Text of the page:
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What Took You So Long? The Creative Journey of Kurt Fisk

Since the early 1970s, Kurt Fisk has been creating fantastical, character-driven illustrations. His characters, much like those on a beloved Saturday morning cartoon, inhabit a world which is entirely their own. Fisk excels at capturing complex emotions with humor and sensitivity. Employing his array of fine-tipped artist pens and eye for color, he depicts the slightest nuances of otherwise-ordinary exchanges.

Fisk finds inspiration in pop culture and kitschy cult horror films of the 1960s and 1970s. For over twenty years, however, much of the work Fisk made was created in response to an infamous cartoon advertisement from 1971 hawking “Amazing Live Sea-Monkeys.” These outrageous ads trumpeted, “The most adorable, entertaining pets you have ever owned.” They were hard to resist.

Kurt Fisk sketchbook Monkey Fishes family tree  8.5x11  2010

“Monkey Fishes Family Tree,” 8.5″ x 11″, 2010.

Recalling the arrival of his own mail-order Sea Monkeys, Fisk reflected, “Those shrimp weren’t the ones in the comic’s ad; they were plain old brine shrimp. So I took the comic book drawing and began to rearrange it, making it my own, changing the name to The Monkey Fishes.”

"Monkey Fishes Back to School," 1999.

“Monkey Fishes Back to School,” 1999.

Fisk’s sea monkey series was featured prominently in his first solo exhibition. Curated by OUTPOST1000, “WHAT TOOK YOU SO LONG? The Art of Kurt Fisk” (2014) was a pop-up, retrospective exhibition at a cozy, second-hand furniture store in Corvallis, Oregon. One corner of the exhibition sought to recreate Fisk’s bedroom with a focus on the exhaustive archive he has generated: illustrations in familiar frames were placed around the mock-bedroom, decades of sketches were neatly archived in binders on the desk, homemade promotional posters hung on the walls, and nearby bookshelves showcased sculptures of the monkey fishes.

"Monkey Fish as a Human Child," 8.5" x 11", 1994.

“Monkey Fish as a Human Child,” 8.5″ x 11″, 1994.

While episodic comic books serve as one of many pop cultural references for Fisk, his own comic illustrations rarely exceed one panel. Though brief, these comics are complete in their singularity. The work often alludes to resolution. Almost antithetical to his comic panels, Fisk’s animated film, The Original Sea Monkey Fishes, consists of thousands of individual drawings. Fisk received no formal training in filmmaking and his only instruction came from reading the catalogs accompanying film products from Bell & Howell and Kodak. Upon completion, Fisk optimistically packaged reels of the film with publicity materials including movie posters, comics, t-shirts, and a press release. Though Fisk found few takers, he continued to make new work to share with others.

"TM.," 2002.

“TM.,” 2002.

An artist herself, Fisk’s mother Sarah has always encouraged his creative impulses and Fisk excelled at art in school. Fisk is quick to recall the critical role that arts education played during his youth, “At my school, I was a handicapped person and I went to Special Ed classes. I didn’t have a choice as regular class was so hard for me. The art class was good, it was not Special Ed. After 3 years I came out knowing how to paint and draw pretty well.”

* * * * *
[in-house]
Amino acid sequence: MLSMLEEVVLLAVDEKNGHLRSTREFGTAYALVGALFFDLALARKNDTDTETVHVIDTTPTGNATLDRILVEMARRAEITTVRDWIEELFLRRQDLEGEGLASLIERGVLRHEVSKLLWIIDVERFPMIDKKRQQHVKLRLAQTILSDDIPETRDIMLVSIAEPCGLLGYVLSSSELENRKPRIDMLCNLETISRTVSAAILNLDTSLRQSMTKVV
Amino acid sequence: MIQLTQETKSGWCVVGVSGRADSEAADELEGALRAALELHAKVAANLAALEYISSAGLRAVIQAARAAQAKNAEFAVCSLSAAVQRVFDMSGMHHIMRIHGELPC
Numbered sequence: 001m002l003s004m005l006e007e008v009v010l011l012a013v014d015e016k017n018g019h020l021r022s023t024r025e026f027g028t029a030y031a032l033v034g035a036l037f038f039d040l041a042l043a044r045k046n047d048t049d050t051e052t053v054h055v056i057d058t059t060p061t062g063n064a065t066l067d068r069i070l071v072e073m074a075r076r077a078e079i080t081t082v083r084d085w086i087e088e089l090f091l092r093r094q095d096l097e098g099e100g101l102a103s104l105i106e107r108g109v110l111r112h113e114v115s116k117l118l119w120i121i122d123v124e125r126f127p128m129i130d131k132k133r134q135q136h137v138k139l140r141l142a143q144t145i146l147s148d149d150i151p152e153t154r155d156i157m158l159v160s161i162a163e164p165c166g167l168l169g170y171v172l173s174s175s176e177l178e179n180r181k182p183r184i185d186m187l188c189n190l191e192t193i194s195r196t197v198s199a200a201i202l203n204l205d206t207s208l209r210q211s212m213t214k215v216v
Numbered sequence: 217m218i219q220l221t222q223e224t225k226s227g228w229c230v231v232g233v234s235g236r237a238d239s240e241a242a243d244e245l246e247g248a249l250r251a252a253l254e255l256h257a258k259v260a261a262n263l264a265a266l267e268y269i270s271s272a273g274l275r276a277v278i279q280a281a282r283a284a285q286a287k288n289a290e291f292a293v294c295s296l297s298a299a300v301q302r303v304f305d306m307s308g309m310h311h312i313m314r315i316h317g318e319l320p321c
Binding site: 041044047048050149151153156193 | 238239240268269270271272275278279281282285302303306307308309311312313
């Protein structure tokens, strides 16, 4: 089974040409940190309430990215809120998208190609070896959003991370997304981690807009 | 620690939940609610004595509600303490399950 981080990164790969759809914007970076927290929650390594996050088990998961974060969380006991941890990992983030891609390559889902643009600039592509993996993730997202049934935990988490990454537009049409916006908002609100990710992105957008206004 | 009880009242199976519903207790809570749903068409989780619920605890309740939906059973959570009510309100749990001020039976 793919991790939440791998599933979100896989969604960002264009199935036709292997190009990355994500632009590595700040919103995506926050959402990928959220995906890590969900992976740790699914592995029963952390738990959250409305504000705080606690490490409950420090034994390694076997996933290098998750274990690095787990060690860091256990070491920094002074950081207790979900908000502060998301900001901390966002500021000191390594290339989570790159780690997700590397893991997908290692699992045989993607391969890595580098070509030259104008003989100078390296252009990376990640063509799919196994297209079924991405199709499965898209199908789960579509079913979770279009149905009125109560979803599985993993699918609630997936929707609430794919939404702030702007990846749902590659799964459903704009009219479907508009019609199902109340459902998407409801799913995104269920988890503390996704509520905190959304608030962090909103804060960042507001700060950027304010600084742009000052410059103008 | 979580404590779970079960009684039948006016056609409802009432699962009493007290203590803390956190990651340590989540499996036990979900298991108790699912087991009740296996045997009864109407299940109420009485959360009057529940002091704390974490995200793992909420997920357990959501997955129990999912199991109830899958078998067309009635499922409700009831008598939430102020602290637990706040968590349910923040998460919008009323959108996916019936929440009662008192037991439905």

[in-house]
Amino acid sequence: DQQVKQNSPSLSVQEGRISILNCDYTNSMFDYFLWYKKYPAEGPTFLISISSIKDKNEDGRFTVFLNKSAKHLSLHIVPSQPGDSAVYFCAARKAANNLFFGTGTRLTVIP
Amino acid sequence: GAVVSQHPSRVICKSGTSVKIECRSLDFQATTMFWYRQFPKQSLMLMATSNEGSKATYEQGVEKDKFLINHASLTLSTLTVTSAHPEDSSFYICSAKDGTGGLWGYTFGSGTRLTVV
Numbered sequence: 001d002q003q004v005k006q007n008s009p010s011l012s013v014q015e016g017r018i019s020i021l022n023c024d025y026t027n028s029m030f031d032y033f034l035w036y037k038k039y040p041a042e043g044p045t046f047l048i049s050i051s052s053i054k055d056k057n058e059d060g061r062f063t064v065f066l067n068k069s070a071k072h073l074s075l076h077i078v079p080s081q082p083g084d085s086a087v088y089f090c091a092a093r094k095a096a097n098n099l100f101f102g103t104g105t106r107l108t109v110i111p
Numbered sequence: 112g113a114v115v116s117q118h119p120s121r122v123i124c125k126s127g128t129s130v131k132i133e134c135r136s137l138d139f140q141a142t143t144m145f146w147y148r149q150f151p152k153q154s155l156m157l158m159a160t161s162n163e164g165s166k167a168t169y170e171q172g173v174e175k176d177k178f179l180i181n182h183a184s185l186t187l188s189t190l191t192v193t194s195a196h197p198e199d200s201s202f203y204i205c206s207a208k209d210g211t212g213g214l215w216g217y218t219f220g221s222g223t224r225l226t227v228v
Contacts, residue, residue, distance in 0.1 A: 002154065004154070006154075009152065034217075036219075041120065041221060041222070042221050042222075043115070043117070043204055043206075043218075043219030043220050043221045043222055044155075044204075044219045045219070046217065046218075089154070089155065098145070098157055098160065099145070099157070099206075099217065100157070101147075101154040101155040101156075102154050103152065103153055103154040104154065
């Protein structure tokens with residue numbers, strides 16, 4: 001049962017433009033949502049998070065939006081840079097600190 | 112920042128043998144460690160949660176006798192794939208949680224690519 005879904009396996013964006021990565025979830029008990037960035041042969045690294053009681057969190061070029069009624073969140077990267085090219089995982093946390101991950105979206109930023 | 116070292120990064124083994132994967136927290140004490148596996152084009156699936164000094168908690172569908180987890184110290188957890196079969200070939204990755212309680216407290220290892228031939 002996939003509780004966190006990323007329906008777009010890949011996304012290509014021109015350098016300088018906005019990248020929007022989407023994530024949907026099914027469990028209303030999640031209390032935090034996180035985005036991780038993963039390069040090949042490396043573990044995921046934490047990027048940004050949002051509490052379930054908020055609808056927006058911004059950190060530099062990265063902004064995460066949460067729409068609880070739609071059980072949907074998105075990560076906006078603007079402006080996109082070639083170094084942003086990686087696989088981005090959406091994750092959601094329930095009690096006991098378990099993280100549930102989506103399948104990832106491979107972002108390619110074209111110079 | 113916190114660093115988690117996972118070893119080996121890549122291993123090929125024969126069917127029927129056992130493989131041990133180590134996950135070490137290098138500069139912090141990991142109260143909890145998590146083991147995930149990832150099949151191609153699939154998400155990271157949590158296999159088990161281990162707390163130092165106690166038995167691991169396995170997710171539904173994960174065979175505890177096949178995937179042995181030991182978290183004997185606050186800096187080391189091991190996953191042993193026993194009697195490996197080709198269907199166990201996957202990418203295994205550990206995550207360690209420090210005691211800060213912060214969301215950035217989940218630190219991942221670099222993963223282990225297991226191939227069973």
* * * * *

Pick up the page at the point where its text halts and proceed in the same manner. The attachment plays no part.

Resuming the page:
After high school, Fisk was briefly enrolled in an institutional care facility, which was in stark contrast to the nurturing atmosphere of home. “I had most of my best things stolen, it was a rough place so I couldn’t stay.” Fisk moved back home with his mother where he remains today.

At the age of 56, Fisk had waited over 40 years to share his work in a gallery setting. WHAT TOOK YOU SO LONG, he told me, “is about letting them know that this is what I do.” During the opening Fisk readily mingled among appreciative friends and fans who applauded his imaginative fabrications. Speaking of The Original Sea Monkey Fishes, Julia Bradshaw, Assistant Professor, School of Arts and Communications at Oregon State University noted, “After watching Fisk’s animated film I was struck by the depth of filmic problem-solving and character development that went into creating it. The pleasure in the film is partly in deconstructing the animation techniques, but more importantly it is the depth of storytelling and the variety of tenuous situations that the Professor and the Sea Monkey Fishes found themselves in that kept my attention. I wanted to know what would happen next.”

Kurt Fisk at home with a page of character sketches

Kurt Fisk at home with a page of character sketches.

Over the past year, Fisk has exhibited in four solo exhibitions and a group exhibition throughout Corvallis, Eugene, and Salem, Oregon. He has also served as a panel member for lunchtime discussion series at The Arts Center and for a discussion on arts and disability in conjunction with the inVISIBLE festival, both in Corvallis Oregon. “I have been making my artwork since 1971,” Fisk says. “It’s time for people to see what kind of talent I have. I want to say this is what I am doing with these hands.”

The Original Sea Monkey Fishes 1971 is available on YouTube and runs for 15 minutes.